What oh what do you wear to one of the coolest places you’ve ever read about, let alone contemplated going?

I thought it was a difficult task when one of the brideslaves, heading a significant group of very generous friends asked me to nominate a restaurant in Paris. You see, they’d like to club in and buy u for our wedding present s a dinner we’d always remember.

There were a range of choices that instantly presented themselves- do you go classic, to Guy Savoy for his use of only three ingredients on a plate? Do you try and push your luck for a booking at L’Astrance, and see how much Pascal Barbot absorbed from his time with Tony Bilson at Ampersand in Sydney?

Or do you choose somewhere that is so different, to anywhere you’ve ever been, or likely to go again?

In 2005 Alain Senderens gave up his three Michelin stars at Lucas Carton and opened a place where style and flavor favoured over formality. You’re just as welcome in jeans as you are in a jacket , and the food takes inspiration from all over the world.

The interior is designed by Noe Duchafour Lawrance and the restaurant is housed in a beautiful heritage listed building in the Place de la Madeline.

The interior is a cross between a space station, with aerodynamically smooth seats and booths and, to me aJapanese, electro funk bordello. The seats and tables are white and grey, the light fittings are ornate and the two mid sized rooms are flanked by mirrors, etched with cherry blossom and blackjack cards which are illuminated to change from pink, to orange, to red.

The newly acquired Louis Vuitton 2008 Paris city guide ( the new style bible, a wedding present in itself from one of my gurus for all that is good) says ‘Senderens is a triumph.. for one of the finest chefs of his generation. He now draws a younger, less conventional, almost fashionista crowd).

Knowing all of this, what do you wear? It was about treading a fine line between funky and frou frou. It was about a grey tuxedo style shirt for the Hungry One and a grey suit, with the jacket quickly abandoned on arrival. For me it was a black pencil skirt, flat Robin Hood style pointy boots, a black boat neck jumper and a charcoal, (very good) Bangkok copy of a linen Chanel high collared fluted jacket. There are turquoise earrings to provide colour and interest.

The four hours fly by. There’s a glass of Pommery champagne to start, which is so cracklingly dry that by the time the amouse bouche of a shot of green bean soup with a mandolined vegetable samosa is delivered the oiliness of the fried pastry triangle is a relief for your palate, rather than a burden.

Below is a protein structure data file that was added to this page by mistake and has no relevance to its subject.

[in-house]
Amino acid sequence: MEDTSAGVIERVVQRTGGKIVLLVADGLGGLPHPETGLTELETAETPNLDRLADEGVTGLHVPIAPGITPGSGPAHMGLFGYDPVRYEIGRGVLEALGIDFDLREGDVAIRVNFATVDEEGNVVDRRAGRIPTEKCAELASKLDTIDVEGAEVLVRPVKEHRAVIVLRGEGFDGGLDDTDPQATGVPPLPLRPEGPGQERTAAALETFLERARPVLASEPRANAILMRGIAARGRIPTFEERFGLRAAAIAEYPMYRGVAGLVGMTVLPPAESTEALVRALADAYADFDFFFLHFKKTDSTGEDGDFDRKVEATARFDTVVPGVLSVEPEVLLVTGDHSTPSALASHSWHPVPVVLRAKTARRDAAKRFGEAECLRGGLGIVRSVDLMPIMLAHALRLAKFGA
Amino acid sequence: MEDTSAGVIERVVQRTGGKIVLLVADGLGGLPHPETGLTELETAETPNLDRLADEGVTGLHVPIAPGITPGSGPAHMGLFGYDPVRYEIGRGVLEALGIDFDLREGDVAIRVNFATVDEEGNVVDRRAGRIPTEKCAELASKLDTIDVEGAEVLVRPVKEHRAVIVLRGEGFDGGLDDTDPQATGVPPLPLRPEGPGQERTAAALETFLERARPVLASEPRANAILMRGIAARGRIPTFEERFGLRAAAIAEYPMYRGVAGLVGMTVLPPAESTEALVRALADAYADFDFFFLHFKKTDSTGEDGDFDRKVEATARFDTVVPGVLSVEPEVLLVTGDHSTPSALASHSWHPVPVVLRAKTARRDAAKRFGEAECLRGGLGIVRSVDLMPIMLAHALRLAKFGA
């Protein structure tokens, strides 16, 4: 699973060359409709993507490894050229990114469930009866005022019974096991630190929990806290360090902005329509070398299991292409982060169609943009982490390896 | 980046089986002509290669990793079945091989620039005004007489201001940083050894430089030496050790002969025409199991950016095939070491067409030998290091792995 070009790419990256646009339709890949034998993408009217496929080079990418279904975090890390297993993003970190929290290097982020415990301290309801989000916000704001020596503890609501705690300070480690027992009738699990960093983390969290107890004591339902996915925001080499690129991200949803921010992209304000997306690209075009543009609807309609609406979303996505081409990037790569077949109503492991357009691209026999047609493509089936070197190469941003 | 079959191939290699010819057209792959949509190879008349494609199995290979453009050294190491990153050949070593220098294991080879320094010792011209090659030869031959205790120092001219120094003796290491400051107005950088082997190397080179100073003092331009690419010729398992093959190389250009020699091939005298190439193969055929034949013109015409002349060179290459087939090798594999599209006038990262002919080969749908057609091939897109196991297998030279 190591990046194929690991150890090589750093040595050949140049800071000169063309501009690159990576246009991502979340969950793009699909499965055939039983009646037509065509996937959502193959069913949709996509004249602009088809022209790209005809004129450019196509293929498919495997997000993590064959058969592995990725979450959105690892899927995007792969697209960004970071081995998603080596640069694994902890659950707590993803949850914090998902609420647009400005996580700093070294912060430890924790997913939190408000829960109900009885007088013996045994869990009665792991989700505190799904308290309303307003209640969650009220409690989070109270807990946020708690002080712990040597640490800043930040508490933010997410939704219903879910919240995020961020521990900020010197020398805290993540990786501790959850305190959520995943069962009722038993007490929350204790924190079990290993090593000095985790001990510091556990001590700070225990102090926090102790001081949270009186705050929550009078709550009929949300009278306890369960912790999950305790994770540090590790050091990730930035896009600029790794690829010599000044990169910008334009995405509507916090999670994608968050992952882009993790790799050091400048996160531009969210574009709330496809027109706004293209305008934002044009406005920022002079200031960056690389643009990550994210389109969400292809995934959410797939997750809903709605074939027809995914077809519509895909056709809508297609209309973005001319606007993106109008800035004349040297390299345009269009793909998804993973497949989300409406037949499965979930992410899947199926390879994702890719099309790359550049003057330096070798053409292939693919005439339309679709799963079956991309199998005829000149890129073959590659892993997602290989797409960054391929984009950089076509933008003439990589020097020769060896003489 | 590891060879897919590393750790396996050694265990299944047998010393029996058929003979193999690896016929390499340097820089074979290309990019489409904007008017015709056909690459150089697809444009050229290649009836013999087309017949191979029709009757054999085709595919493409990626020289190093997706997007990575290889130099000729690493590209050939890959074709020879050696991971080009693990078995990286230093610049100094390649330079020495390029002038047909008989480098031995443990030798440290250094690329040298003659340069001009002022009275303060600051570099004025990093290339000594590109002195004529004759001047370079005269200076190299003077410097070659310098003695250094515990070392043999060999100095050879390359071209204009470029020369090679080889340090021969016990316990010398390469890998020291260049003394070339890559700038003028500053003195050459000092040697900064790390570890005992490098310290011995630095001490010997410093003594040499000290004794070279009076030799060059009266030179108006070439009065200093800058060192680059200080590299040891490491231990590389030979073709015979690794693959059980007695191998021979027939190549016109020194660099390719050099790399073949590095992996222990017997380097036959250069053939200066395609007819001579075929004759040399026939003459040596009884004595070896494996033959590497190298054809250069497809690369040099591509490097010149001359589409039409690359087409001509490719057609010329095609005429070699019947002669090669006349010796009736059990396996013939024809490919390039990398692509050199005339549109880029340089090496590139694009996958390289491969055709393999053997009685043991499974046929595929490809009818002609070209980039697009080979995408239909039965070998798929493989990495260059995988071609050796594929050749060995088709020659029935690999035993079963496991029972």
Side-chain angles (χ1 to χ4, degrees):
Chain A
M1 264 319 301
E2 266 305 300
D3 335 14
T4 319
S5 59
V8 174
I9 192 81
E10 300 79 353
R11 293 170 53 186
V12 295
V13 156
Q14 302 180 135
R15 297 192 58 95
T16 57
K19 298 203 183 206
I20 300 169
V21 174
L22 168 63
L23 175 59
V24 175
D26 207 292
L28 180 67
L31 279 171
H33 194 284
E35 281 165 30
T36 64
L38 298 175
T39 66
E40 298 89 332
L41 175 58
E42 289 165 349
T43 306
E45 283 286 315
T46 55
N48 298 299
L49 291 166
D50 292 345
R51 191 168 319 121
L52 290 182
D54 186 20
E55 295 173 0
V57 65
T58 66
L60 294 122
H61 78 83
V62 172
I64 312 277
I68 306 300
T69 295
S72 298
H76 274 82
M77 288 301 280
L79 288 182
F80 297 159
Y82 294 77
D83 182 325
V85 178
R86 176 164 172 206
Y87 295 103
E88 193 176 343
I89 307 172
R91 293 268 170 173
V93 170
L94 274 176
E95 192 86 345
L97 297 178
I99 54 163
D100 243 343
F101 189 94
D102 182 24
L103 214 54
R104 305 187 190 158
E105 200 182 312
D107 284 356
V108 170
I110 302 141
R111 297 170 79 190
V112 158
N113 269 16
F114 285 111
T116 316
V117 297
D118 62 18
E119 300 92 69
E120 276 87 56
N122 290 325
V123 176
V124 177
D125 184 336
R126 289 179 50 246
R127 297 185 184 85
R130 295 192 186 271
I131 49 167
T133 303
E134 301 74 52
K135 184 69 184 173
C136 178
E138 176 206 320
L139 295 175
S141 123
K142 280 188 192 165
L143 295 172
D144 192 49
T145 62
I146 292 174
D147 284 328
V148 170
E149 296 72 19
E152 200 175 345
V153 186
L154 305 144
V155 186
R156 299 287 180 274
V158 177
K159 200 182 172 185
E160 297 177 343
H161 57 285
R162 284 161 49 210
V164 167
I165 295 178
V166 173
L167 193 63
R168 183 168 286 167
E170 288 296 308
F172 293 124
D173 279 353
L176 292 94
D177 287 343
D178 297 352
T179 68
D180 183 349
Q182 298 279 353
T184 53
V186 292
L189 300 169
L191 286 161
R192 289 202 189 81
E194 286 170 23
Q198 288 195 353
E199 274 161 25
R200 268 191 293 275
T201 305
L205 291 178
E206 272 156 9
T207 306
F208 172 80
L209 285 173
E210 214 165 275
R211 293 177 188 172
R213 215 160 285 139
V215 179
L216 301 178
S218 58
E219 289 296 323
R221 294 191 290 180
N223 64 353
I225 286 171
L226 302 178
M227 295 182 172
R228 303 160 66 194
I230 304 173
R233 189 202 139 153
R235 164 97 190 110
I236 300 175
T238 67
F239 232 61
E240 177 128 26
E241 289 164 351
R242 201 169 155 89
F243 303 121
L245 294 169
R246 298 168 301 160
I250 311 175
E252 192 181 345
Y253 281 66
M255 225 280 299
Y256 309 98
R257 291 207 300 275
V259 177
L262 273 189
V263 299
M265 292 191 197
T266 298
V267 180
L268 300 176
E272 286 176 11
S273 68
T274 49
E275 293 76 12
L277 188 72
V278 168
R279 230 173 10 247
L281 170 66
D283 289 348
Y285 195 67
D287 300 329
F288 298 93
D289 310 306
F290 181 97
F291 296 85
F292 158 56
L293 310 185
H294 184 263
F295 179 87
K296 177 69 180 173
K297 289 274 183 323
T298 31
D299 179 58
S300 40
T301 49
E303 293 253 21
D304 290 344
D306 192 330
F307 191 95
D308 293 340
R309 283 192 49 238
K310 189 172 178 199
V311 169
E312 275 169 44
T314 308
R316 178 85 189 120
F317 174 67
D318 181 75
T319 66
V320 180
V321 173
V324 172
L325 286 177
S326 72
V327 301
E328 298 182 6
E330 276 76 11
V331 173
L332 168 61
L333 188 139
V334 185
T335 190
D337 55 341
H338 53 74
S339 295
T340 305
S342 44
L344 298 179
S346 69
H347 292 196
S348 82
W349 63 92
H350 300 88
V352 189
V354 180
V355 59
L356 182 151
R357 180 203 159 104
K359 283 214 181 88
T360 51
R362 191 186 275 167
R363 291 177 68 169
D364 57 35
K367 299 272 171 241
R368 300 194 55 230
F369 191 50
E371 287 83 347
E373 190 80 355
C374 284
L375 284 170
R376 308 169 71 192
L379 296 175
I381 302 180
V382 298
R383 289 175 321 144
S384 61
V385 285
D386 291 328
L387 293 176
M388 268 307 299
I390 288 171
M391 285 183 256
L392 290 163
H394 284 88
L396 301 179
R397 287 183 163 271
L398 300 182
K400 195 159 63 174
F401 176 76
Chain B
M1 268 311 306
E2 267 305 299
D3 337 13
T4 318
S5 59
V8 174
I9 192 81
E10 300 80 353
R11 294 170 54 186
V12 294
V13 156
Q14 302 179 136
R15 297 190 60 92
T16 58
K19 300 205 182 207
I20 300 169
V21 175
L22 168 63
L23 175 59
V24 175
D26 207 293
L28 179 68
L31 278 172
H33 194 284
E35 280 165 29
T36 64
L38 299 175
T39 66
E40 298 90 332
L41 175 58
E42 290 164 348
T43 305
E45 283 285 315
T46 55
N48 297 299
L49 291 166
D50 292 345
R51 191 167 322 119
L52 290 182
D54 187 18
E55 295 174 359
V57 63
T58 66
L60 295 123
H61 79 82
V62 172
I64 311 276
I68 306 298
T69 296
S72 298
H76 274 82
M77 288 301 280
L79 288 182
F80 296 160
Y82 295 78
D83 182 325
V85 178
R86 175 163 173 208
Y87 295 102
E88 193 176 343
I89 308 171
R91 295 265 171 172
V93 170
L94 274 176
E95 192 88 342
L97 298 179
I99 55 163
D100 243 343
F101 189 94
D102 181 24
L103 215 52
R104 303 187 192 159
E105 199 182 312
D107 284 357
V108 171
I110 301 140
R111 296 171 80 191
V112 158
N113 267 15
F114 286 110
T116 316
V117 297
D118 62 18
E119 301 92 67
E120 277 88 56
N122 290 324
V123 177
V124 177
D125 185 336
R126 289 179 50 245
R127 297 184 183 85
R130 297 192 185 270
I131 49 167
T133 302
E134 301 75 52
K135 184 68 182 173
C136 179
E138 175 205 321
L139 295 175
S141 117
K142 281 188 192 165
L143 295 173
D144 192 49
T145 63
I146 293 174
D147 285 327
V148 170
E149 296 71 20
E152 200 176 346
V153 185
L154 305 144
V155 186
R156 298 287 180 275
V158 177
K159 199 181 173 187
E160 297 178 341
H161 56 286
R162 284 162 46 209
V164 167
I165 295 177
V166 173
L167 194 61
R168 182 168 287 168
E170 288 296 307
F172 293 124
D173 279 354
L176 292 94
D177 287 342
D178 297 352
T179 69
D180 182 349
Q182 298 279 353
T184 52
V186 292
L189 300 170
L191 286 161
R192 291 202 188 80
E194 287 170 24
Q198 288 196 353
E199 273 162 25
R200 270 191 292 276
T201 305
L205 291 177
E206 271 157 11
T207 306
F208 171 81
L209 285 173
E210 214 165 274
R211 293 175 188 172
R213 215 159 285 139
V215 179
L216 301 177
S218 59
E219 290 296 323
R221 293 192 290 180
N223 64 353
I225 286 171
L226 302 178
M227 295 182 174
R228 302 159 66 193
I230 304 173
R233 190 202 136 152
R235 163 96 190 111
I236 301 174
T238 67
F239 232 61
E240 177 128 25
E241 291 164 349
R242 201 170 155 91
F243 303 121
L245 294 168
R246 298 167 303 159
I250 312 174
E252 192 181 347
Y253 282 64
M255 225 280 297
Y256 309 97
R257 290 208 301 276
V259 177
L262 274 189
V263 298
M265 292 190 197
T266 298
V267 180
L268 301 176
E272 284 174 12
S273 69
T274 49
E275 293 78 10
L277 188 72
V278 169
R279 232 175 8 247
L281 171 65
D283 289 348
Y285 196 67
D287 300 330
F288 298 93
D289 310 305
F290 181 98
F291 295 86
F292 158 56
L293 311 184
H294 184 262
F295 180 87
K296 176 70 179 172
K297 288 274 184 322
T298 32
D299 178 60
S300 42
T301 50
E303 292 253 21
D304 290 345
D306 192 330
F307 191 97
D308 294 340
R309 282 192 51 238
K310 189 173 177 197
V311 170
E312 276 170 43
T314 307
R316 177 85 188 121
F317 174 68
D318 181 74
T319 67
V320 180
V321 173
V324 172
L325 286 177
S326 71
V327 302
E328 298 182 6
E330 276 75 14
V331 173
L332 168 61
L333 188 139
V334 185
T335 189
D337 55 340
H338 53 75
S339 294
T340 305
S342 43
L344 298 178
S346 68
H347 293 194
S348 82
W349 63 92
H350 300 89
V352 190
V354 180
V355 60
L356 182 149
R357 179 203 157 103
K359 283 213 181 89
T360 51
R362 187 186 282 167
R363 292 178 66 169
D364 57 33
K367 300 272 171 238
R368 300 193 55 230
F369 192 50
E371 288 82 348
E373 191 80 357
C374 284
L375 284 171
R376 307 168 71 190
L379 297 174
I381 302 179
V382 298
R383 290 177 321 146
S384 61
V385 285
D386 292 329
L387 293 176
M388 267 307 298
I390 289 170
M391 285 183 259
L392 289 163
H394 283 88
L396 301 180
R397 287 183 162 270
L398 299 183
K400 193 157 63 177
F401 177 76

Then we’re faced with a fat finger of Scottish smoked salmon, with a tiny dice of celery, granny smith apple and a circle of flat ravioli, glossed with a sprinkling of wasabi. Under normal circumstances, the Hungry One and smoked salmon aren’t friends. These are not normal circumstances. The combination of the crunch of the apple and celery plays perfectly against the soft salmon. Every now and again you get a whiff of wasabi and it makes your eyes pop. There’s something a bit Waldorf salad about it all, and it’s great. There’s a 2006 Kabinett Riesling from Mosel Saar Ruwer that’s crisp and clean and goes down a bit too easily.

What then follows blows your mind, and your waist. Two terrific looking tails of langoustines arrive, crusted like a Kentucky fried Stegosaurus. Over the surface of each are cross sections of almonds that have been anchored to the shelfish with a crispy batter. Underneath there’s some curlings of bok choi that look like creatures that have been dredged from the deep. You’re instructed by the incredibly genial waiters to use your fingers- pick the tails and plunge them into a small beaker of dipping sauce. Where as we’d usually, with our gentle, fresh sensibilities assume it to be something light, and refreshing, here you’re hurtled in the other direction. The richness of the shellfish, almonds, batter, oil is then coated in a coriander beurre blanc. Sure you can taste the ginger and a touch of chili too- but it’s unmistakably butter and cream as the baseline heroes.